Thank you for reading this post; to catch all my posts and be notified as new ones come up please follow me on WordPress.  I can be found on Twitter @robertdekker & @rdmediaottawa and on Facebook athttp://tiny.cc/n5l97.  If you prefer email, please contact me at rdmedia@bell.net

Watson turns the page, others haven’t

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Jim Watson has turned the page and has moved on from the fiasco that is all about the design of an addition that the owners of the Chateau Laurier what to pop on the site of the torn down parking garage.  Jim Watson has moved on, he’s moved onto to his LRT to the City of Ottawa gets the keys to the trains the middle of August from Rideau Transit Group.  He is getting the keys more than a year late and several missed deadlines later.

Jim Watson and 12 other councillors have moved on since Thursday July 11th when reconsideration of Councillor Fleury’s  motion to deny Larco, the owners of the Chateau Laurier their permit to build an addition.  Ten Ottawa City Councillors led by Mathieu Fleury, Heritage Ottawa and thousands of Ottawa voters that have signed petitions haven’t moved on, rather they’ve firmly planted themselves in a position that they hope will block backhoes from starting construction.

This story goes back years, the major sticking point is that City Council passed a heritage permit. The owners of the Chateau have presented five designs, all of which have been panned by the public, but have met the guidelines set out in the heritage permit.    The application has a few minor steps before ground can be broken and construction can begin on a design that has been called a car radiator.  City Council has the right to deny a permit to build if it doesn’t like the design, but in this case they didn’t, fearing a costly lawsuit.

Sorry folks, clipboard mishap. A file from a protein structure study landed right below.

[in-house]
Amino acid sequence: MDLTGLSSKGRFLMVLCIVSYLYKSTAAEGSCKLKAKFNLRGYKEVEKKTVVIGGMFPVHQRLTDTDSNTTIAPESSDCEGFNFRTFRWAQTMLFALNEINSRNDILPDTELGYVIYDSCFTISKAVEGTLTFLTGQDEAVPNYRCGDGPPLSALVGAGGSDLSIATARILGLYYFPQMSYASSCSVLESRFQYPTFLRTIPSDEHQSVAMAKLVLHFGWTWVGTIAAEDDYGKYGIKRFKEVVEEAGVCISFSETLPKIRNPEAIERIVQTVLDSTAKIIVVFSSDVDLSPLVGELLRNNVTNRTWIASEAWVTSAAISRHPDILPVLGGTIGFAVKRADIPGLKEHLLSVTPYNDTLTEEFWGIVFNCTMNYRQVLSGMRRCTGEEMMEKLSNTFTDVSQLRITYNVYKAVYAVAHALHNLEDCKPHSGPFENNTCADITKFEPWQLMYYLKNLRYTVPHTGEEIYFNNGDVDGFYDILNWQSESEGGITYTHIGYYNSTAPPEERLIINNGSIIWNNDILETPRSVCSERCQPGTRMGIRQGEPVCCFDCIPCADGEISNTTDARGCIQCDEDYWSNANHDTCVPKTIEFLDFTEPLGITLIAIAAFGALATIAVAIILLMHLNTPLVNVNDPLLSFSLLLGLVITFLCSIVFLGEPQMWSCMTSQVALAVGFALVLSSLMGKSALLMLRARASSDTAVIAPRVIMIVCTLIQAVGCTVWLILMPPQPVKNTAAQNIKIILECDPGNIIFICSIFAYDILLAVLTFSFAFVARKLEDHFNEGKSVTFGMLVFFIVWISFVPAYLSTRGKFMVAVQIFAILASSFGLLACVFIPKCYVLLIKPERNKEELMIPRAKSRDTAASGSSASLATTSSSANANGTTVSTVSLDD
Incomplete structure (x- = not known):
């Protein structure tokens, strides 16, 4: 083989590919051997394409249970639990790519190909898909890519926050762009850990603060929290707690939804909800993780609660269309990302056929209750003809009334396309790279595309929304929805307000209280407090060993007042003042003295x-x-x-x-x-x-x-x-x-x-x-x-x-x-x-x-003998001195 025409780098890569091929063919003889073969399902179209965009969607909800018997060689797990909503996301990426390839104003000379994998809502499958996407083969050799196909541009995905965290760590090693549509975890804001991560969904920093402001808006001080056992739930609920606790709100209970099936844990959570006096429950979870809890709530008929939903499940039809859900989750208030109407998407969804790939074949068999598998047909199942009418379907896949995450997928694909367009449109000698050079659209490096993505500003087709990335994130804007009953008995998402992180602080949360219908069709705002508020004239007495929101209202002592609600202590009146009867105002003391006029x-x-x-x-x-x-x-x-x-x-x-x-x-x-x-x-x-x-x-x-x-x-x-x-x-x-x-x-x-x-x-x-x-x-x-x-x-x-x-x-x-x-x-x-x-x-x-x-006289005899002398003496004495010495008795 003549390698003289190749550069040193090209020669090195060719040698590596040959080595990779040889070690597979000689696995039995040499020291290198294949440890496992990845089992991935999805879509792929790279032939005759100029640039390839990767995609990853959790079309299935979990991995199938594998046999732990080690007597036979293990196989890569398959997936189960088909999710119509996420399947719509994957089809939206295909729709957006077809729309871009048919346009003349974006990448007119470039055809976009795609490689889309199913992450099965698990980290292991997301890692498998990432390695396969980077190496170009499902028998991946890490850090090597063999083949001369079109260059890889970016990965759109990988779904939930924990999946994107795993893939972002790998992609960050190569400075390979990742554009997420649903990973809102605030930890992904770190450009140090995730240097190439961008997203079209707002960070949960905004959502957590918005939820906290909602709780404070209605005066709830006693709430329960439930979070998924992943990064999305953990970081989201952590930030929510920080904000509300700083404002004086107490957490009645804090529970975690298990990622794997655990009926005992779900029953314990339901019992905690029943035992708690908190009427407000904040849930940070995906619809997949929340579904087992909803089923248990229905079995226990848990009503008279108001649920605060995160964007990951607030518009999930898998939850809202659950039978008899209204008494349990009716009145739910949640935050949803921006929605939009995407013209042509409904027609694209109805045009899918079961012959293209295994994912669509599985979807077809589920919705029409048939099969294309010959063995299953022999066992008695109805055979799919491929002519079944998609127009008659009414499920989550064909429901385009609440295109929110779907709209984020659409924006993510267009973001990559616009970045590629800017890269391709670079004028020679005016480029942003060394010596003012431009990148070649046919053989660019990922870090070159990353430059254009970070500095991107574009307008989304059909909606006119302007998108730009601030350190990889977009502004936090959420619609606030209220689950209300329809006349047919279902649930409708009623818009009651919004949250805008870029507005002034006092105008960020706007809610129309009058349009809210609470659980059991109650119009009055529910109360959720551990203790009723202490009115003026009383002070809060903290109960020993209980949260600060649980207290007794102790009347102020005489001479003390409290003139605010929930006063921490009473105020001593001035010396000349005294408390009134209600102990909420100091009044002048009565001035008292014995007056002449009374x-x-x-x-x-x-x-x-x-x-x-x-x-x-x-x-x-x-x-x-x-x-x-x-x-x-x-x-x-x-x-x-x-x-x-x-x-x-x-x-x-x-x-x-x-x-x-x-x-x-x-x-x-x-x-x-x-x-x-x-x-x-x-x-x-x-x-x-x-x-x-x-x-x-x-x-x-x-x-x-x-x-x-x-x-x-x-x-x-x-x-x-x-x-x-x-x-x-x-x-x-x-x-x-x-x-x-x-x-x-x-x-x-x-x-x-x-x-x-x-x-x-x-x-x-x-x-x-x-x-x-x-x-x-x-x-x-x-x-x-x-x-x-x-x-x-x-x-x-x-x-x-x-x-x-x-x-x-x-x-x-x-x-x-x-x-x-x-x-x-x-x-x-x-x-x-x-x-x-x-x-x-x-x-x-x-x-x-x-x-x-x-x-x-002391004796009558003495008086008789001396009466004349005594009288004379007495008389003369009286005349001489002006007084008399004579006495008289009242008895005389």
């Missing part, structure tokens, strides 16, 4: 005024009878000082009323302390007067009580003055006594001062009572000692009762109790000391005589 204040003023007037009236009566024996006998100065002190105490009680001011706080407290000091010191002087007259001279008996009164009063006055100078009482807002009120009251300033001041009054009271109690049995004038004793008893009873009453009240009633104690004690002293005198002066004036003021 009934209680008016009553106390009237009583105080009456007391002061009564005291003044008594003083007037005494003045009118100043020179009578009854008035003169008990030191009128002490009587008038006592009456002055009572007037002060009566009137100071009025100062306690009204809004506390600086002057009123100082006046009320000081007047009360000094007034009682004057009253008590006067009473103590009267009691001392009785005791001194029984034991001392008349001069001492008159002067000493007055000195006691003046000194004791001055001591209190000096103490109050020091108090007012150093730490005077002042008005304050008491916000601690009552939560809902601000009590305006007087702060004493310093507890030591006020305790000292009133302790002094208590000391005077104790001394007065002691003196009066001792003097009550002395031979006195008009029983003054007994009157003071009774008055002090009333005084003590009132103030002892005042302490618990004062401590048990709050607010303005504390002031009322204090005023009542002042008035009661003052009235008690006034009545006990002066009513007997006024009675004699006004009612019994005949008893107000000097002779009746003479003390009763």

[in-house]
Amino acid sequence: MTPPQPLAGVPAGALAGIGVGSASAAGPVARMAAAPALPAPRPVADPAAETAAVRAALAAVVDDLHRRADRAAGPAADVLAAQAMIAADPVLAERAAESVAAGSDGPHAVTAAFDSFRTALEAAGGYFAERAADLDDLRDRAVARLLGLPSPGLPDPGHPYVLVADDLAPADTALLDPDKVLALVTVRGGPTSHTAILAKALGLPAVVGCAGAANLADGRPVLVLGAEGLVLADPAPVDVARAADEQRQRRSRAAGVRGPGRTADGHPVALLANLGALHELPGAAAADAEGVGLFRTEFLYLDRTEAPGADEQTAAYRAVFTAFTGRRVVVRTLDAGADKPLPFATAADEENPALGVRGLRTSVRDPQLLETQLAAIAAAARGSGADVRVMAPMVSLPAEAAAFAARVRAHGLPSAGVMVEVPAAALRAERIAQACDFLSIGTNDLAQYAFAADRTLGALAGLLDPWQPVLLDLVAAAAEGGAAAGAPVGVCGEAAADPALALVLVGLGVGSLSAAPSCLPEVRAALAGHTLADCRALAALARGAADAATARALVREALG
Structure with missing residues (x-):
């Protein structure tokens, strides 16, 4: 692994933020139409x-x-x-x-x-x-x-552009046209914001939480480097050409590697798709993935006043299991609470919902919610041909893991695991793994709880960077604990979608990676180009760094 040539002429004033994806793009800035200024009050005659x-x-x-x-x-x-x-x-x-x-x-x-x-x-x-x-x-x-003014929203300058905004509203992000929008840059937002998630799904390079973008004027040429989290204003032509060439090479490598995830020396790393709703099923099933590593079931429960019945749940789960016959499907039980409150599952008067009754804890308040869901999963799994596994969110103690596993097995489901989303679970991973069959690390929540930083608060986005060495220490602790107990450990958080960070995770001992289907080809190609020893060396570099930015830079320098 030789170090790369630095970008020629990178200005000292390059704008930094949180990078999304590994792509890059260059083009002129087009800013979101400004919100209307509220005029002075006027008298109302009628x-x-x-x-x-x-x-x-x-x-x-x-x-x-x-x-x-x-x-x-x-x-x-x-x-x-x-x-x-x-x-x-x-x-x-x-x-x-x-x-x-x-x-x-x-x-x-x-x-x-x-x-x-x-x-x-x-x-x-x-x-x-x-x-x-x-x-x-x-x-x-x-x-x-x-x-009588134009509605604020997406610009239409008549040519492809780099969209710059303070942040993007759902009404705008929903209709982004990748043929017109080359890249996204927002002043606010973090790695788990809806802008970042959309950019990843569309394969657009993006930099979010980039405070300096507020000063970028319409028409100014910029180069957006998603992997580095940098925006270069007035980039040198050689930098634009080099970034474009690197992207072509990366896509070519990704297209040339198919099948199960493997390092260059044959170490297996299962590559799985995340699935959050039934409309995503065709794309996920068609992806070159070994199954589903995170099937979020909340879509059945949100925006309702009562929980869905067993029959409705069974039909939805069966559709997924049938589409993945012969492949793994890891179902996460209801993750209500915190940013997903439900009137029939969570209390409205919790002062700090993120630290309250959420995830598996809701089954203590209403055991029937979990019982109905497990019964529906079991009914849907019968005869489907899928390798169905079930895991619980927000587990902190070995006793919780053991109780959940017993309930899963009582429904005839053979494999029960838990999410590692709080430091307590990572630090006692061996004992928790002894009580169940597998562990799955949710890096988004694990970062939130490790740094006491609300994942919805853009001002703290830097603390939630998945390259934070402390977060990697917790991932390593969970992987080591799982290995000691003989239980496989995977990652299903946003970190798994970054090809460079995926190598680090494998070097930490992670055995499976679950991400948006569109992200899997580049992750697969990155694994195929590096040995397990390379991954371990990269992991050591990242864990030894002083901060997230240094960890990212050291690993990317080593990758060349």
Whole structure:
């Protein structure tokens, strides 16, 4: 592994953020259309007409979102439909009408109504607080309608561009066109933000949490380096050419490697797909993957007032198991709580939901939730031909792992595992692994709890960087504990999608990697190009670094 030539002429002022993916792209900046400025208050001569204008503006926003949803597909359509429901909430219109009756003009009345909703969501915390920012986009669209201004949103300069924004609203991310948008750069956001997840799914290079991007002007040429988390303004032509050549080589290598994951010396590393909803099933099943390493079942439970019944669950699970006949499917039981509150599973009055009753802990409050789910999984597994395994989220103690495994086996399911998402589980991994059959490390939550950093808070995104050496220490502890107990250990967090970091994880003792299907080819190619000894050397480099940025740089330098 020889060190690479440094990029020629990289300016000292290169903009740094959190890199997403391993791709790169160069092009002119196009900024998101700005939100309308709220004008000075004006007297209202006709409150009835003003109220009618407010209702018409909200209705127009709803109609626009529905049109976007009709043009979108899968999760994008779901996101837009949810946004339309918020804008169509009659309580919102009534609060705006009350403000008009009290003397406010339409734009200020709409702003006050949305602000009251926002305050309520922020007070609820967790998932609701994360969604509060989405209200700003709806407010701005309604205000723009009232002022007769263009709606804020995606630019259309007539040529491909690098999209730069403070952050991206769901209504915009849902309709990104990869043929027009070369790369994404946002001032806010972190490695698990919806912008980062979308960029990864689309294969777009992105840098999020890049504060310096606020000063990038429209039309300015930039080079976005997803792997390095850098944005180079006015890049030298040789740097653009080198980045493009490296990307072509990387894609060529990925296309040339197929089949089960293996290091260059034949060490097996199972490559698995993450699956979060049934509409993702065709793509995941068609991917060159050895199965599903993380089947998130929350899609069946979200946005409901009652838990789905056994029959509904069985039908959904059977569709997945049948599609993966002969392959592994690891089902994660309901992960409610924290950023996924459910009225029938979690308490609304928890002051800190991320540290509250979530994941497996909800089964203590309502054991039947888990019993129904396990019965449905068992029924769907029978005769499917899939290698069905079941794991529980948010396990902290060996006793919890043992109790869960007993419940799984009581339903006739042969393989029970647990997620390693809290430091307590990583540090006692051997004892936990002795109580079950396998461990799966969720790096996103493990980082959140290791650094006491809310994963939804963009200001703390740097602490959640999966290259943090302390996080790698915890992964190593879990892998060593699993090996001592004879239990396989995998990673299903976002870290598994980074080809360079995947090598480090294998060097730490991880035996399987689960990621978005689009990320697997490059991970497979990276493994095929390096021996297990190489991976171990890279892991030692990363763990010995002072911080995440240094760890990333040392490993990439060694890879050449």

It appears that a majority, maybe all of council does not like the design the owners are determined to build, but 14 voted to deny Fleury his opportunity, one last time, to have the permit revoked.  Mayor Watson must have let out a big sigh before he slid out the back door of council chambers to begin his vacation when the final vote tally was counted.
img_20180405_1541418638794165793251928.jpgI think the problem the public (and few public figures) has with the design is that the architects haven’t really veered far from design number one.  The fourth reiteration of the original drawing is still basically a box being stapled to a castle.  I’ve seen more imagination in the design of a building on a beach.

While Larco dreams of Bob the Builder, Councillors Fleury, Meehan, Deans, and others along with Heritage Ottawa and the Friends of the Chateau Laurier will be spending the time the Mayor is away looking to stop those dreams.  While all this planning takes place will the Mayor actually has a peaceful vacation with nothing on his mind?

 

Thank you for reading this post; to catch all my posts and be notified as new ones come up please follow me on WordPress.  I can be found on Twitter@robertdekker& @rdmediaottawaand on Facebook athttp://tiny.cc/n5l97.  If you prefer email, please contact me at rdmedia@bell.net

Ottawa Jazzfest: Norah Jones

norah 1

Photo by Jim McQuaid